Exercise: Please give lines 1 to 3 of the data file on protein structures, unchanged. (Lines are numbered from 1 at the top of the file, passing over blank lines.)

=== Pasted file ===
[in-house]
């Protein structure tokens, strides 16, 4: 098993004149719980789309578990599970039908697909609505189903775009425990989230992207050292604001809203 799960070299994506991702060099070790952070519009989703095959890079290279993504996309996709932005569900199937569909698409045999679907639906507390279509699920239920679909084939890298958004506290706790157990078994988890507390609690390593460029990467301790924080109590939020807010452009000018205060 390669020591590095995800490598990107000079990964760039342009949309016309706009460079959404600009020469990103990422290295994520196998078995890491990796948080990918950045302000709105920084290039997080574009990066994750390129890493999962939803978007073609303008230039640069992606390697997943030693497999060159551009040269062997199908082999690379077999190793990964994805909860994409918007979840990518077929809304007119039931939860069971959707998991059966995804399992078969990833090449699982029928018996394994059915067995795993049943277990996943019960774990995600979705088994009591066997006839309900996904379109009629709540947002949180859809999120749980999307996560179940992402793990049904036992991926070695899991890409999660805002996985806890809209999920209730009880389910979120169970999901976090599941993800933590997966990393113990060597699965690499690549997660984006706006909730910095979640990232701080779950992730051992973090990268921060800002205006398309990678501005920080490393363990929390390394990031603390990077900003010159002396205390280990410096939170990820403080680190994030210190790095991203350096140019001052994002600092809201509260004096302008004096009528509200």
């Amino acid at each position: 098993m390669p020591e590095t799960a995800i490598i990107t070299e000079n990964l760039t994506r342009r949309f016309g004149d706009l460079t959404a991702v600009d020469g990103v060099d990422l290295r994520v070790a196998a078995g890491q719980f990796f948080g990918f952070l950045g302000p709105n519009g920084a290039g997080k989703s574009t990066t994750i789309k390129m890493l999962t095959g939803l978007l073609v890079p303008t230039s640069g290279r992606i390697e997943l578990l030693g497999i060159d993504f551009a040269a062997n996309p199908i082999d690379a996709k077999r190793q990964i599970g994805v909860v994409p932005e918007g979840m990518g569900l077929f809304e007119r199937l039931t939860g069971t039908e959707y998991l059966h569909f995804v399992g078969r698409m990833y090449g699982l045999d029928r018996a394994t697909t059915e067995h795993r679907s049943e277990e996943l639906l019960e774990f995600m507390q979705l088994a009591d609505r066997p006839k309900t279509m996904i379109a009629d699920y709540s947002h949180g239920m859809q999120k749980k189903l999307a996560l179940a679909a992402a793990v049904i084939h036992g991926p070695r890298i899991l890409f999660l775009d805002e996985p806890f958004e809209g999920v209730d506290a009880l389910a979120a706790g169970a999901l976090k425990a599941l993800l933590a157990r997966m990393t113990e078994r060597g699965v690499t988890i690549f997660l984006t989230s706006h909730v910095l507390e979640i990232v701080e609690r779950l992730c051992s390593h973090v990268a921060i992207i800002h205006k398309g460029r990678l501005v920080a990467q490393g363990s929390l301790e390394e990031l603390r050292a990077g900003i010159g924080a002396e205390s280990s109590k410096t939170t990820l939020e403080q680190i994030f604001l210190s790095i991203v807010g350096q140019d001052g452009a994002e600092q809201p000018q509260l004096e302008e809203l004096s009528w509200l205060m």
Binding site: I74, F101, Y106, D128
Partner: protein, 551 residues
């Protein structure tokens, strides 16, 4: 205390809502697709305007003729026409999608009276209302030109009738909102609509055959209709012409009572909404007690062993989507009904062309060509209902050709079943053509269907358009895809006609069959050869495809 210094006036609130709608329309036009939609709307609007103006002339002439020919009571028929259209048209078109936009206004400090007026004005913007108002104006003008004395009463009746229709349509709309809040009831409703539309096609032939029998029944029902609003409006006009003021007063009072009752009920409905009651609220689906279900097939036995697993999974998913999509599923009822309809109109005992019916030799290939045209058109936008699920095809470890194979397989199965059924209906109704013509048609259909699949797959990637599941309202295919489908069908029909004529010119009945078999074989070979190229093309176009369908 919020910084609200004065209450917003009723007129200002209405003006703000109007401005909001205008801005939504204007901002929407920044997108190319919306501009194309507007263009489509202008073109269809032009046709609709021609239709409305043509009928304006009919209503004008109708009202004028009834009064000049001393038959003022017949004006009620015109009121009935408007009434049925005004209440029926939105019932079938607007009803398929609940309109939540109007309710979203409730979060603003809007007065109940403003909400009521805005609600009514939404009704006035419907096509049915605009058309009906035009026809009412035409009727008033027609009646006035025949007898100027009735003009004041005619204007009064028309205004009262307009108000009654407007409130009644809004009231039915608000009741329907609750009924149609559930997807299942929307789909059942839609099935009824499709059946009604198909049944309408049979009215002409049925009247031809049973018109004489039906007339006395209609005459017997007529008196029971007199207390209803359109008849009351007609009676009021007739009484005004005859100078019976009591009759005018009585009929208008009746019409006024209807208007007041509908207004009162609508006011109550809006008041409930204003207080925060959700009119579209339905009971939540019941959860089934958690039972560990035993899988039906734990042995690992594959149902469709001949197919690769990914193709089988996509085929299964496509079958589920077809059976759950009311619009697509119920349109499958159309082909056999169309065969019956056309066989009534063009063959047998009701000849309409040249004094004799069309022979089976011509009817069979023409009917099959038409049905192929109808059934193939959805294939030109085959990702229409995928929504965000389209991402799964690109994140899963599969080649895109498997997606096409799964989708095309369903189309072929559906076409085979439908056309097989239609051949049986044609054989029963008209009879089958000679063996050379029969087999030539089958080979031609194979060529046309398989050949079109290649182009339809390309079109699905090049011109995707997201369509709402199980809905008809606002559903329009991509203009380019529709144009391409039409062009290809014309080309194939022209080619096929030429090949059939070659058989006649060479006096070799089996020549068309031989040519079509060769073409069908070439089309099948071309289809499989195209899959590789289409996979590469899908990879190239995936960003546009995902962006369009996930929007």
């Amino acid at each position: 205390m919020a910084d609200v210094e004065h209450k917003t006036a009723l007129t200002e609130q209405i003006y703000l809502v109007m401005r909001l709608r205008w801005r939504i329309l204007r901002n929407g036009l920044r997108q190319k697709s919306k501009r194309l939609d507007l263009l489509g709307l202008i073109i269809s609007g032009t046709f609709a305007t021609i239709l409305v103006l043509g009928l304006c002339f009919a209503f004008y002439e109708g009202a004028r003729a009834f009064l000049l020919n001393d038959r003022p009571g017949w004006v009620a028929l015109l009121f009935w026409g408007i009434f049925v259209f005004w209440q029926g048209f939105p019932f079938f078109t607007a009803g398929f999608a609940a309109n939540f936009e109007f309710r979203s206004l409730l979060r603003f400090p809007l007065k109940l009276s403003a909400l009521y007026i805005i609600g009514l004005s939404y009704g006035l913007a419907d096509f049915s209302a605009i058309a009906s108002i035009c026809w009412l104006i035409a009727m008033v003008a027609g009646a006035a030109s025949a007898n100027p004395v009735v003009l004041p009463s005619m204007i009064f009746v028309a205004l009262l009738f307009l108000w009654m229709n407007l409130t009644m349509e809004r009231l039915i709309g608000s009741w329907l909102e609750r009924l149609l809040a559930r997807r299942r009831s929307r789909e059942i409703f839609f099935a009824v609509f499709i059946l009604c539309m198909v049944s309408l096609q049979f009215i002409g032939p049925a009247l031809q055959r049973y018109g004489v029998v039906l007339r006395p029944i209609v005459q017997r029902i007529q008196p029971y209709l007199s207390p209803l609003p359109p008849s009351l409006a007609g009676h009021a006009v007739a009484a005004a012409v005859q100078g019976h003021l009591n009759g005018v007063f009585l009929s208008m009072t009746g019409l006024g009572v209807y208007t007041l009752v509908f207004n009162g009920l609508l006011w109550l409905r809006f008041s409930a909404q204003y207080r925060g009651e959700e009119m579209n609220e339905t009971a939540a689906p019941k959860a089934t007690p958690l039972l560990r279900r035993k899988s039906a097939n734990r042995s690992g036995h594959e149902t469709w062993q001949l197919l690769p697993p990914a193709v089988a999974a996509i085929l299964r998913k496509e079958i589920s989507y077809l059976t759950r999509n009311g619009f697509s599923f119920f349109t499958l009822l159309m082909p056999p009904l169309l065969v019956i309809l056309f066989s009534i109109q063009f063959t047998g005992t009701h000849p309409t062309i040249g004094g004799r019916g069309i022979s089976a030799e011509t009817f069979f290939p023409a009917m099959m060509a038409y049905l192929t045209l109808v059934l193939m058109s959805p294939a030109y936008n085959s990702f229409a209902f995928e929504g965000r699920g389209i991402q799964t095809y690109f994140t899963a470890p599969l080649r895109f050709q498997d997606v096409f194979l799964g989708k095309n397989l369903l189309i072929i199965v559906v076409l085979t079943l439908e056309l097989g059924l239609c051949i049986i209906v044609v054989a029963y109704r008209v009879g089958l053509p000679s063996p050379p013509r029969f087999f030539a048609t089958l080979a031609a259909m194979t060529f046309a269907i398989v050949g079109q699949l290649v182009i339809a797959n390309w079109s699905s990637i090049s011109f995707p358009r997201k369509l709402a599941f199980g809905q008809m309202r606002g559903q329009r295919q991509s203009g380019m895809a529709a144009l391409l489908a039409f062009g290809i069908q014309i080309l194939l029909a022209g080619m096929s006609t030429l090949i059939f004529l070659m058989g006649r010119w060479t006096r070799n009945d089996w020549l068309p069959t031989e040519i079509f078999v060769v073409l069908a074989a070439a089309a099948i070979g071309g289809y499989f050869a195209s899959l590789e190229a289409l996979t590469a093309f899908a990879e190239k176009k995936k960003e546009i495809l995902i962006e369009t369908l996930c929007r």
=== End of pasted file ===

[in-house]
């Protein structure tokens, strides 16, 4: 098993004149719980789309578990599970039908697909609505189903775009425990989230992207050292604001809203 799960070299994506991702060099070790952070519009989703095959890079290279993504996309996709932005569900199937569909698409045999679907639906507390279509699920239920679909084939890298958004506290706790157990078994988890507390609690390593460029990467301790924080109590939020807010452009000018205060 390669020591590095995800490598990107000079990964760039342009949309016309706009460079959404600009020469990103990422290295994520196998078995890491990796948080990918950045302000709105920084290039997080574009990066994750390129890493999962939803978007073609303008230039640069992606390697997943030693497999060159551009040269062997199908082999690379077999190793990964994805909860994409918007979840990518077929809304007119039931939860069971959707998991059966995804399992078969990833090449699982029928018996394994059915067995795993049943277990996943019960774990995600979705088994009591066997006839309900996904379109009629709540947002949180859809999120749980999307996560179940992402793990049904036992991926070695899991890409999660805002996985806890809209999920209730009880389910979120169970999901976090599941993800933590997966990393113990060597699965690499690549997660984006706006909730910095979640990232701080779950992730051992973090990268921060800002205006398309990678501005920080490393363990929390390394990031603390990077900003010159002396205390280990410096939170990820403080680190994030210190790095991203350096140019001052994002600092809201509260004096302008004096009528509200």
């Amino acid at each position: 098993m390669p020591e590095t799960a995800i490598i990107t070299e000079n990964l760039t994506r342009r949309f016309g004149d706009l460079t959404a991702v600009d020469g990103v060099d990422l290295r994520v070790a196998a078995g890491q719980f990796f948080g990918f952070l950045g302000p709105n519009g920084a290039g997080k989703s574009t990066t994750i789309k390129m890493l999962t095959g939803l978007l073609v890079p303008t230039s640069g290279r992606i390697e997943l578990l030693g497999i060159d993504f551009a040269a062997n996309p199908i082999d690379a996709k077999r190793q990964i599970g994805v909860v994409p932005e918007g979840m990518g569900l077929f809304e007119r199937l039931t939860g069971t039908e959707y998991l059966h569909f995804v399992g078969r698409m990833y090449g699982l045999d029928r018996a394994t697909t059915e067995h795993r679907s049943e277990e996943l639906l019960e774990f995600m507390q979705l088994a009591d609505r066997p006839k309900t279509m996904i379109a009629d699920y709540s947002h949180g239920m859809q999120k749980k189903l999307a996560l179940a679909a992402a793990v049904i084939h036992g991926p070695r890298i899991l890409f999660l775009d805002e996985p806890f958004e809209g999920v209730d506290a009880l389910a979120a706790g169970a999901l976090k425990a599941l993800l933590a157990r997966m990393t113990e078994r060597g699965v690499t988890i690549f997660l984006t989230s706006h909730v910095l507390e979640i990232v701080e609690r779950l992730c051992s390593h973090v990268a921060i992207i800002h205006k398309g460029r990678l501005v920080a990467q490393g363990s929390l301790e390394e990031l603390r050292a990077g900003i010159g924080a002396e205390s280990s109590k410096t939170t990820l939020e403080q680190i994030f604001l210190s790095i991203v807010g350096q140019d001052g452009a994002e600092q809201p000018q509260l004096e302008e809203l004096s009528w509200l205060m």